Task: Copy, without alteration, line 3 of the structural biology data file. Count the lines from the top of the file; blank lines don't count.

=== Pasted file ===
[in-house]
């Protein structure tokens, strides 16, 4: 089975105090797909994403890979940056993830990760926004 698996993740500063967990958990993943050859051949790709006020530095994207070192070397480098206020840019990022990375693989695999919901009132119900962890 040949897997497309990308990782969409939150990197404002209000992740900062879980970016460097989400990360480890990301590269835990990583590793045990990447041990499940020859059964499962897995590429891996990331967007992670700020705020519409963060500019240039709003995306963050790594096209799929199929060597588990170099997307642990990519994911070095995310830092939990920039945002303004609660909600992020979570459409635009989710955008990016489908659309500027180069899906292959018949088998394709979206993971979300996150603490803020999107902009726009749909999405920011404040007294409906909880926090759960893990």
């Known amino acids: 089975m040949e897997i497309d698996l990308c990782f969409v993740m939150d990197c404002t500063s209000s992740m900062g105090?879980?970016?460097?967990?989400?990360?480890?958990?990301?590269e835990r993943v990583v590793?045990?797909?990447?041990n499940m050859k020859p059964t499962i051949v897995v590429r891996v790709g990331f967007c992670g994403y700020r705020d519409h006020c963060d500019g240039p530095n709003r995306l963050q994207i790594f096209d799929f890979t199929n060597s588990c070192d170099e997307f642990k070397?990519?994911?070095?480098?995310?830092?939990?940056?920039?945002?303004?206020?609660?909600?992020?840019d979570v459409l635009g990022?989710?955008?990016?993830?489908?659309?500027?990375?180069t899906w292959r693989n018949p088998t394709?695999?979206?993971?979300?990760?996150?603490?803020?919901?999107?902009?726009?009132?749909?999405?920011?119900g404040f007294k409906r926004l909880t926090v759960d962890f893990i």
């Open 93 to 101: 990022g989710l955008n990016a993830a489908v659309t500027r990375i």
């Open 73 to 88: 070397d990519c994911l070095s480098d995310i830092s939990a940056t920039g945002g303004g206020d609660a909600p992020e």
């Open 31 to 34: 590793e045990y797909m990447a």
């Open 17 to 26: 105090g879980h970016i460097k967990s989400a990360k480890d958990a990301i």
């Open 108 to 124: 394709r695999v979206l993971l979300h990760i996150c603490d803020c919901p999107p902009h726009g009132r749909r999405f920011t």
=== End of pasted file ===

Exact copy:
């Known amino acids: 089975m040949e897997i497309d698996l990308c990782f969409v993740m939150d990197c404002t500063s209000s992740m900062g105090?879980?970016?460097?967990?989400?990360?480890?958990?990301?590269e835990r993943v990583v590793?045990?797909?990447?041990n499940m050859k020859p059964t499962i051949v897995v590429r891996v790709g990331f967007c992670g994403y700020r705020d519409h006020c963060d500019g240039p530095n709003r995306l963050q994207i790594f096209d799929f890979t199929n060597s588990c070192d170099e997307f642990k070397?990519?994911?070095?480098?995310?830092?939990?940056?920039?945002?303004?206020?609660?909600?992020?840019d979570v459409l635009g990022?989710?955008?990016?993830?489908?659309?500027?990375?180069t899906w292959r693989n018949p088998t394709?695999?979206?993971?979300?990760?996150?603490?803020?919901?999107?902009?726009?009132?749909?999405?920011?119900g404040f007294k409906r926004l909880t926090v759960d962890f893990i």